This is an excerpt from a recent Ralph E. Davis Associates (RED) Weekly E&P Update Newsletter.
Earlier this month, the U.S. Bureau of Ocean Energy Management (BOEM) released the results of OCS Sale 257. One of the interesting observations was the large number of contiguous blocks that were leased in the western Gulf of Mexico. These blocks lie on the western shelf in some cases just beyond the limits of state jurisdiction, in a strip that reaches from Beaumont to Corpus Christi, Texas. Given the proximity to large industrial facilities that emit significant amounts of CO₂ some commentators have speculated this may be a land grab by major players attempting to lock up pore space before the carbon capture, utilization and storage (CCUS) industry takes off.
That may be what’s going on, but if so, it appears to me there are some regulatory hurdles in their way. Here are a couple of observations:
An OCS Oil and Gas Lease Doesn’t Confer Storage Rights—The standard form of lease on the BOEM website for oil and gas development restricts the lessee’s activities to oil and gas production only. Helium production and geothermal recovery are specifically excluded, and the BOEM reserves all other rights. The oil and gas lease does grant the lessee some rights concerning other operations that may impact their operation. Pore space rights can be accessed, but they require a separate lease; perhaps these lessees are merely trying to get a foot in the door.
The Ability of the Department of Interior (DOI) to Lease Pore Space May Be Restricted—According to Chapter 3 of National Petroleum Council’s 2019 CCUS report (“Meeting the Dual Challenge: A Roadmap to At-scale Deployment of Carbon Capture, Use and Storage”), the language in the legislation that grants the DOI the right to lease pore space for CO₂ storage has been interpreted by the BOEM that the “agency would only be able to issue leases for CO₂ storage in the OCS for CO₂ generated as a byproduct of onshore coal-fired power production, but not from CO₂ generated as a byproduct from other industrial activities such as refining, chemical manufacturing, natural gas power generation or non-energy related industries (e.g., steel or cement production).”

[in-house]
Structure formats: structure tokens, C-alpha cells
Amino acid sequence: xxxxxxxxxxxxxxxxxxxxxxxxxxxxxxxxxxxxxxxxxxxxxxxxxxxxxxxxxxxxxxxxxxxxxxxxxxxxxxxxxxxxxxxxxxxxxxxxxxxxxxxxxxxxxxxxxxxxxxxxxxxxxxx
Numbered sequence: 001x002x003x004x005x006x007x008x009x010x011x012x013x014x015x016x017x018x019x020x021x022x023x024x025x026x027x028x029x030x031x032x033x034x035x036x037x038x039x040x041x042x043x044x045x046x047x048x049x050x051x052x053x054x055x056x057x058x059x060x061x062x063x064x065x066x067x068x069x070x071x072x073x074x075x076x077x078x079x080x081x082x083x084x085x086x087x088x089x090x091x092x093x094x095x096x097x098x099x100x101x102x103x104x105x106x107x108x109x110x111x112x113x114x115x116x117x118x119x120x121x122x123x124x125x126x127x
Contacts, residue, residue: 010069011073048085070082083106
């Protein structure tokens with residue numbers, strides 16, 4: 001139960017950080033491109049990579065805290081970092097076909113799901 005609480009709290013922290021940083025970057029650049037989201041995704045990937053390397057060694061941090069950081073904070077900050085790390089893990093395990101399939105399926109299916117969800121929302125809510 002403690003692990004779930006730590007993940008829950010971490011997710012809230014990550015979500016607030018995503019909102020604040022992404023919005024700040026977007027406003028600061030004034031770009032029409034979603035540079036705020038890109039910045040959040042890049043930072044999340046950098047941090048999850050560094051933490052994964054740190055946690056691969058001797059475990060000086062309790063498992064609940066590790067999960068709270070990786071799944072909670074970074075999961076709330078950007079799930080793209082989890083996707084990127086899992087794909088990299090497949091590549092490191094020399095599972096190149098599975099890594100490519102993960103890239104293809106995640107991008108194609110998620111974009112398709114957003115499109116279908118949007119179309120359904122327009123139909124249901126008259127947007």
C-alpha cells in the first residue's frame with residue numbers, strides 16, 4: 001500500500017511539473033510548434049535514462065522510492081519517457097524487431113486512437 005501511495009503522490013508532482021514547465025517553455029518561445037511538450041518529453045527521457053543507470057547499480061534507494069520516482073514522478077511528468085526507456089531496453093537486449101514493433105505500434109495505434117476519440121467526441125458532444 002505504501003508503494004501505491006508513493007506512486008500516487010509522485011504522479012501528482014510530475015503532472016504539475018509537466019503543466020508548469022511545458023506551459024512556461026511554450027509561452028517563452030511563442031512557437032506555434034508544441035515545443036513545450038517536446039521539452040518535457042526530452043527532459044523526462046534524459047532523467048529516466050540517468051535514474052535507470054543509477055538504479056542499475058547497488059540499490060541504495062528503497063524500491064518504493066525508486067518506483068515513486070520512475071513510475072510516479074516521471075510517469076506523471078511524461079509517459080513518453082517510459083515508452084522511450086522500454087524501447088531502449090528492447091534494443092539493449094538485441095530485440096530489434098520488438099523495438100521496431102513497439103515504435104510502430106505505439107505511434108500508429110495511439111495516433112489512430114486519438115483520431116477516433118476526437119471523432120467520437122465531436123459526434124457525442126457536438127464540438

It should be noted, however, that the recently passed Infrastructure Investment and Jobs Act directs substantial funds and investments to expand CCUS in the U.S., and this limitation may have been addressed; I haven’t had a chance to research that, however. Even if they haven’t yet been resolved, these seem like minor obstacles and given the current political emphasis on CCUS, ones that are likely to be overcome.
About the Author:
Steve Hendrickson is the president of Ralph E. Davis Associates, an Opportune LLP company. Hendrickson has over 30 years of professional leadership experience in the energy industry with a proven track record of adding value through acquisitions, development and operations. In addition, he possesses extensive knowledge of petroleum economics, energy finance, reserves reporting and data management, and has deep expertise in reservoir engineering, production engineering and technical evaluations. Hendrickson is a licensed professional engineer in the state of Texas and holds an M.S. in Finance from the University of Houston and a B.S. in Chemical Engineering from The University of Texas at Austin. He recently served as a board member of the Society of Petroleum Evaluation Engineers and is a registered FINRA representative.
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